Examine signaling pathways with targeted proteomics
The AKT/mTOR pathway plays a central role in tumor progression and cancer-drug resistance, and therefore the quantitative measurement of this pathway’s protein expression and posttranslational modifications (PTMs) is vital to cancer research . A major limitation when measuring AKT/mTOR pathway protein levels is the lack of rigorously validated methods and reagents, as well as a reliance on semiquantitative results from western blot analyses. Because many biologically relevant proteins are present in vanishingly small quantities, immunoprecipitation (IP) is commonly used as a tool for enriching protein [2,3]. Mass spectrometry (MS) is increasingly becoming the detection method of choice for determining protein abundance and identifying PTMs.
The IP-MS workflow, which combines IP steps with subsequent analysis by MS, can be used to enrich signaling proteins, benchmark antibody performance, and reveal protein– protein interactions ; see “Comprehensive strategy for antibody validation” in BioProbes 75 Journal of Cell Biology Applications. Multiplex IP coupled with targeted MS (mIP-tMS) further enhances this workflow by simultaneously quantifying multiple proteins and their phosphorylation states in a specific signaling pathway. Here we demonstrate the mIP-tMS methodology by analyzing a specific set of protein targets in the AKT/mTOR pathway.
Singleplex IP-MS assay development for AKT/mTOR pathway proteins
To begin our analysis of the AKT/mTOR pathway, we selected 11 pathway proteins—10 of which have at least one phosphorylation site—for antibody validation by IP-MS (Table 1). These targets were chosen to align with commercially available reagents for western blot analysis (WB), enzyme-linked immunosorbent assays (ELISA), and Luminex® bead-based multiplex immunoassays (Luminex assays). Figure 1 shows the general workflow for mIP-tMS assay development.
The first step was to validate antibodies by IP-MS and identify quantotypic peptides for each AKT/mTOR pathway protein. Antibody candidates were screened by IP-MS to determine their effectiveness—both their ability to immunoprecipitate AKT pathway proteins and their usefulness when combined with MS. The IP-enriched samples were then analyzed by LC-MS to qualitatively identify targets of interest, interacting proteins, PTMs, and quantotypic peptides. We performed the LC-MS analysis using a Thermo Scientific Dionex UltiMate 3000 RSLCnano System and Thermo Scientific Q Exactive HF Hybrid Quadrupole-Orbitrap Mass Spectrometer, and the data were analyzed with Thermo Scientific Proteome Discoverer 1.4 software to assess percent sequence coverage, unique peptides, area, and PTMs for each pathway protein.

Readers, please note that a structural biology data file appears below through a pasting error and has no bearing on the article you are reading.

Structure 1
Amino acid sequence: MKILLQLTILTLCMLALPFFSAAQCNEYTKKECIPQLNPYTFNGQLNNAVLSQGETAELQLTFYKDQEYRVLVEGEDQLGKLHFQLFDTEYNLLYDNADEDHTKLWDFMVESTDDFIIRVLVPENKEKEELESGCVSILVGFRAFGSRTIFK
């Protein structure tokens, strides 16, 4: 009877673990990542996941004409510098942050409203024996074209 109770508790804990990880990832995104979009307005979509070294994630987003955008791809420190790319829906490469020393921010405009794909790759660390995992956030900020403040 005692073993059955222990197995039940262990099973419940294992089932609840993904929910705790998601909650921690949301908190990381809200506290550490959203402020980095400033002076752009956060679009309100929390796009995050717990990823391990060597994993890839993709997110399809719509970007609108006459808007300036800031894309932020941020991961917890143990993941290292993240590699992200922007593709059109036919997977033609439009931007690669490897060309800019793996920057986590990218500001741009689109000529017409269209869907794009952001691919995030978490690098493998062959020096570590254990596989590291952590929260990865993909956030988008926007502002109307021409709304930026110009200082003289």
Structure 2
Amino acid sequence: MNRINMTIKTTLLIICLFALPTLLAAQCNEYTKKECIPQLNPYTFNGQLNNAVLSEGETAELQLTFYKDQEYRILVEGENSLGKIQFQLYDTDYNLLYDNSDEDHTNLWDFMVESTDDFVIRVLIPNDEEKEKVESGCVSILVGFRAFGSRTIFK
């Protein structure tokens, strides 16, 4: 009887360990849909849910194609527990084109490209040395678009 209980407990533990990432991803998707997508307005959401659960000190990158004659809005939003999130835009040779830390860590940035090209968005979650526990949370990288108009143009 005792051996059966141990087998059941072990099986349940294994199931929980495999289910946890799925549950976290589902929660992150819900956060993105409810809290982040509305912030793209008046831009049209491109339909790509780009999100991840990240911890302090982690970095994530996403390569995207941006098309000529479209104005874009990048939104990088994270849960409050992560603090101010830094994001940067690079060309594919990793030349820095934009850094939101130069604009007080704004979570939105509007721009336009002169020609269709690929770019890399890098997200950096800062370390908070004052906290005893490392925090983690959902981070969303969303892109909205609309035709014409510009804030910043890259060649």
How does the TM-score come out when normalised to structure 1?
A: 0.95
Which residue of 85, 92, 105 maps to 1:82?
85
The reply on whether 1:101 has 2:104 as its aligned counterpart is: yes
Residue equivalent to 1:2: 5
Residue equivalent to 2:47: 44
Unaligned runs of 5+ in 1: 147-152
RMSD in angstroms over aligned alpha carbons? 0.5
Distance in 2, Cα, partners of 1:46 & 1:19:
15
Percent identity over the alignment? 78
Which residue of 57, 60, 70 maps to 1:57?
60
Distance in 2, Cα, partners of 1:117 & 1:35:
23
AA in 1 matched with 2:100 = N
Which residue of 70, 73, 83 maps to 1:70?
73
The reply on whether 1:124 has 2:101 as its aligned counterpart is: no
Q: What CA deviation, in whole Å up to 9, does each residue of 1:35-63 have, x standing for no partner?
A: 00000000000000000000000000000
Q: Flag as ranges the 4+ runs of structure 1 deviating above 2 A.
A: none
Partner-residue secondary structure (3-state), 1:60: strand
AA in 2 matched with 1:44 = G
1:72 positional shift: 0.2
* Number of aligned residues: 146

We identified the unique tryptic peptides with the best analytical characteristics for each protein target, and selected these quantotypic peptide sequences for the synthesis of stable isotope–labeled AQUA peptides (using HeavyPeptide AQUA Ultimate custom services) that serve as internal standards. Heavy AQUA peptides for each protein target were further evaluated for linearity, reproducibility, accuracy, dynamic range, quantitation limits, and recovery.
Finally, absolute quantitation of each protein target was achieved by utilizing a standard curve with serial dilutions of each heavy AQUA peptide across three orders of magnitude, in conjunction with targeted MS (tMS) using the parallel reaction monitoring (PRM) method implemented on the mass spectrometer. The tMS data were analyzed with Skyline software (MacCoss Lab Software, University of Washington) to determine the limit of quantitation (LOQ) from the calibration curve and the target analyte concentration from unknown samples.
Table 1. Total and phosphorylated AKT/mTOR pathway protein targets selected for analysis.
|Protein target||Phosphorylation site|
Figure 1. mIP-tMS assay workflow. Multiple antibodies for the 11 total and 10 phosphorylated AKT/mTOR pathway protein targets were validated using the Thermo Scientific Pierce MS-Compatible Magnetic IP Kit (protein A/G) and analyzed by LC-MS. The antibody with greatest capture efficiency for each target was then selected for biotinylation using the Thermo Scientific Pierce Antibody Biotinylation Kit for IP. Lastly, the 11 total and 10 phosphorylated protein targets were simultaneously enriched by mIP using validated biotinylated antibodies and the Thermo Scientific Pierce MS-Compatible Magnetic IP Kit (streptavidin). mIP eluate samples were processed by an in-solution digestion method to generate a proteotypic peptides mix. Internal standard heavy peptide mix for 11 AKT/mTOR pathway proteins was spiked into digested peptides, and tMS assay was performed in parallel reaction monitoring (PRM) mode for quantitation of 11 pathway proteins in a single MS run.
Enrichment of AKT/mTOR pathway protein targets